McGee could receive between the minimum ($2,116,955) and Non-Bird Exception ($2,540,346). He’ll cost Golden State between $5,968,023 and $10,511,120.* Here’s guessing he gets the minimum.

*Factoring in the NBA’s reimbursement for one-year minimum contracts and the luxury tax, also assuming the Warriors keep the same roster when the tax is assessed at the end of the regular season

Golden State played to McGee’s strengths by simplifying the game for him. He chased lobs, blocks and rebounds and was asked to do little else. He still made the occasional gaffe, and questions about his basketball intelligence remain, but McGee progressed in his never-ending battle to stifle the laughter.

Not every team could protect McGee like that, so he’s more valuable to the Warriors than others. He’ll take another crack at free agency next summer, but at 30, he might not find eager suitors then, either.

In Golden State, he’ll again join a center rotation that includes Zaza Pachulia and David West and maybe Damian Jones and Jordan Bell. With stars at every other position, the Warriors have taken an equalitarian approach at center.

McGee gives the Warriors 15 players clearly on standard contracts, the regular-season limit. Chris Boucher is on a two-way contract, and Antonius Cleveland might be, too. Even if he’s on a standard contract, Cleveland is unlikely to stick past the preseason. It seems we know the roster Golden State will take into the regular season.

Then again, McGee surprisingly made the regular-season roster on an unguaranteed deal last year. Maybe he’ll have to fend off challengers this year.

Warriors lock up Cleveland

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The Warriors smoked the Cavaliers in the NBA Finals.

Now, the Warriors are taking control of Cleveland.

Antonius Cleveland.

NBC Sports Bay Area:

Golden State agreed to terms on a training camp invite with Antonius Cleveland, NBC Sports Bay Area has learned.

Cleveland went undrafted out of Southeast Missouri State, where the 6-foot-6 guard was either a late bloomer or just a 23-year-old who outgrew his competition. He’s likely ticked for the Warriors’ minor-league affiliate, either as an affiliate player waived in the preseason or maybe even on a two-way contract.

Did the Warriors sign Cleveland for the jokes? Probably not. He’s a viable developmental prospect.

But they also signed JaVale McGee in Nick Young the last couple years. I can’t completely rule it out.

Report: Lakers signing Thomas Bryant to two-year contract with team option

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The Lakers have negotiated just a few contracts this summer – Kentavious Caldwell-Pope, Tyler Ennis and now Thomas Bryant.

The deals all have something in common: no guarantees beyond 2018, when the Lakers are expected to pursue free agents like Paul George and LeBron James.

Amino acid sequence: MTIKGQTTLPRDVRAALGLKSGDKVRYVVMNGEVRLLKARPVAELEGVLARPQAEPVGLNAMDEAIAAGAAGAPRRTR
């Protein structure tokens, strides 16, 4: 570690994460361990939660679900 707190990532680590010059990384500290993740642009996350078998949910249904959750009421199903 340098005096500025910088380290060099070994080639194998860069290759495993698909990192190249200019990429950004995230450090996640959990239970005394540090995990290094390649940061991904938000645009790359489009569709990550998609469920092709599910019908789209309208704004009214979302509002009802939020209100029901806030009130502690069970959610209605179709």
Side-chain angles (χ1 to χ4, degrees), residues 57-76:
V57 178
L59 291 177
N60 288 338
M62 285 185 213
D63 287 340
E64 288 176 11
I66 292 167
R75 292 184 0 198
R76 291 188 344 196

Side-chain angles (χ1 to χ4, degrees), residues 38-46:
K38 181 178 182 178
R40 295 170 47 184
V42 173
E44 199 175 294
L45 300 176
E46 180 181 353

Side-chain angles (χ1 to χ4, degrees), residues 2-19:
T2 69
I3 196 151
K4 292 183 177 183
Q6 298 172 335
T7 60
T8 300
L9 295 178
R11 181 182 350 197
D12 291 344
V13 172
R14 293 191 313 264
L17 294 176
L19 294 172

Shams Charania of Yahoo Sports:

The Lakers still had the room exception, so they could’ve offered more than the minimum. They might have had to get Bryant to bypass the required tender, a one-year contract – surely guaranteed at the minimum – teams must extend to maintain draft rights to a second-round pick.

Bryant entered the draft a year too late. After looking like first rounder last year, he returned to Indiana and saw his stock slip. He’d have reason to bargain for more compensation.

Brook Lopez is clearly the Lakers’ top center, but there are minutes available behind him. Bryant will join Ivica Zubac in the effort to prove they play hard enough and have enough skill to overcome their lack of athleticism.

Tim Hardaway Jr.’s reported reaction to Knicks’ $71 million offer: ‘Man, that’s crazy’

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Knicks acting (now long-term) front-office leader Steve Mills signing Tim Hardaway Jr. to a four-year, $71 million offer sheet shocked some within the Knicks.

It also apparently shocked someone who wasn’t (yet) with New York – Hardaway himself.

Pablo Torre on ESPN:

I was talking to somebody who would know about the Tim Hardaway Jr. scenario. Tim Hardaway Jr.’s first words after signing that contract: “Man, that’s crazy.”

In the likely event Hardaway doesn’t live up to this massive contract, he’ll get blamed – and the scorn will be hotter in New York.* That’s not fair, as Hardaway was just taking the money offered to him. He wasn’t getting anywhere near that much anywhere else. But it is reality.

*It’s a lesson Kyrie Irving, who could land anywhere, could stand to remember as he reportedly hopes for the Knicks to trade for him.

As hilarious as Hardaway’s response was, it doesn’t top Tyler Johnson for my favorite reaction to a loaded offer sheet.